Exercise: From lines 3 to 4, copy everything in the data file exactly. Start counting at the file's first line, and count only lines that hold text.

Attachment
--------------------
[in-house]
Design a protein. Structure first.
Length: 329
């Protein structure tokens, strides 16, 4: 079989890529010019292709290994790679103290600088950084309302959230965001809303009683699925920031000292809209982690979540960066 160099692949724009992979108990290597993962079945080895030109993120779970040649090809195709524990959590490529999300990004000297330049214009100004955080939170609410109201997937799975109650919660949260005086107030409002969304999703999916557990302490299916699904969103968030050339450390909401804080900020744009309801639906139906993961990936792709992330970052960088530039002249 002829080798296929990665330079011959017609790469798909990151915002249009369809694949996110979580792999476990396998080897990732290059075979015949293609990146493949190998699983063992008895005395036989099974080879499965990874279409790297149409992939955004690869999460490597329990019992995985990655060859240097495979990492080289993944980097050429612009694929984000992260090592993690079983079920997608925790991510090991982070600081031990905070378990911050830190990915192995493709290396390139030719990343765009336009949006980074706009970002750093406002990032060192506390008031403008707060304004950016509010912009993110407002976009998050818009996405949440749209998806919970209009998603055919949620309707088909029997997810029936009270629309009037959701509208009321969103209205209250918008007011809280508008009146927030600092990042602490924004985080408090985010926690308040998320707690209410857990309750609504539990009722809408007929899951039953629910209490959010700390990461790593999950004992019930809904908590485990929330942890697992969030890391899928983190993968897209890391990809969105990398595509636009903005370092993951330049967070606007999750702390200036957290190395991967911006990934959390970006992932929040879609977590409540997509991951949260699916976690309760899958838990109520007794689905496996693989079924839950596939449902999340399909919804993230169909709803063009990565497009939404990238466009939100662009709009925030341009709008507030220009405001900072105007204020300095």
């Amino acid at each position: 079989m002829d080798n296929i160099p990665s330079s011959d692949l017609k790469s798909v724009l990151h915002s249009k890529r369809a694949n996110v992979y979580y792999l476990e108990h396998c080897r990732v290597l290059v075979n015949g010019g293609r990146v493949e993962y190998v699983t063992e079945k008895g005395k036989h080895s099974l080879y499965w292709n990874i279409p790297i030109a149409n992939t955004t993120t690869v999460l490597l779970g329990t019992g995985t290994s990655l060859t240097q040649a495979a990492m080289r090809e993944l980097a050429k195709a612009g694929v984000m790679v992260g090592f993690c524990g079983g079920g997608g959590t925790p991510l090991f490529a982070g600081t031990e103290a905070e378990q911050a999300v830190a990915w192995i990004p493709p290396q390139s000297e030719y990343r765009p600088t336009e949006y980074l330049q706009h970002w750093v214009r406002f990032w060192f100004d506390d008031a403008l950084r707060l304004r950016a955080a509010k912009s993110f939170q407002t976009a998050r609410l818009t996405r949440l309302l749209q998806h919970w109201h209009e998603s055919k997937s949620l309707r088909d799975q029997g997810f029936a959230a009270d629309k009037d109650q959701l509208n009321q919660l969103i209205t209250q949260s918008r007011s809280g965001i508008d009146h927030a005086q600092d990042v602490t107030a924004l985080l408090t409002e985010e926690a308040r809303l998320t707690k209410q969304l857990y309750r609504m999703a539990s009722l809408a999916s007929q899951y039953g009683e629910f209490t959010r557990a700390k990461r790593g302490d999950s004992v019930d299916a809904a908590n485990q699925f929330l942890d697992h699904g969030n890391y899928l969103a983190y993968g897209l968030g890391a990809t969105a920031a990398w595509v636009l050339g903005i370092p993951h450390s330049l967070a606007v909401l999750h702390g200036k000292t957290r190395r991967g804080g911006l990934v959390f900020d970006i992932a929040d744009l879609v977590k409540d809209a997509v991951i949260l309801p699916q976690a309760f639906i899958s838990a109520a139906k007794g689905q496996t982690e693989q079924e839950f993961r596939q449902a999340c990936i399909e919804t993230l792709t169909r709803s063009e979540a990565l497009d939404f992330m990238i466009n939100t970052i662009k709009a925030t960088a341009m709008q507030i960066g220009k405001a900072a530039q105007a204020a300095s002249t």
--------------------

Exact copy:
Length: 329
């Protein structure tokens, strides 16, 4: 079989890529010019292709290994790679103290600088950084309302959230965001809303009683699925920031000292809209982690979540960066 160099692949724009992979108990290597993962079945080895030109993120779970040649090809195709524990959590490529999300990004000297330049214009100004955080939170609410109201997937799975109650919660949260005086107030409002969304999703999916557990302490299916699904969103968030050339450390909401804080900020744009309801639906139906993961990936792709992330970052960088530039002249 002829080798296929990665330079011959017609790469798909990151915002249009369809694949996110979580792999476990396998080897990732290059075979015949293609990146493949190998699983063992008895005395036989099974080879499965990874279409790297149409992939955004690869999460490597329990019992995985990655060859240097495979990492080289993944980097050429612009694929984000992260090592993690079983079920997608925790991510090991982070600081031990905070378990911050830190990915192995493709290396390139030719990343765009336009949006980074706009970002750093406002990032060192506390008031403008707060304004950016509010912009993110407002976009998050818009996405949440749209998806919970209009998603055919949620309707088909029997997810029936009270629309009037959701509208009321969103209205209250918008007011809280508008009146927030600092990042602490924004985080408090985010926690308040998320707690209410857990309750609504539990009722809408007929899951039953629910209490959010700390990461790593999950004992019930809904908590485990929330942890697992969030890391899928983190993968897209890391990809969105990398595509636009903005370092993951330049967070606007999750702390200036957290190395991967911006990934959390970006992932929040879609977590409540997509991951949260699916976690309760899958838990109520007794689905496996693989079924839950596939449902999340399909919804993230169909709803063009990565497009939404990238466009939100662009709009925030341009709008507030220009405001900072105007204020300095």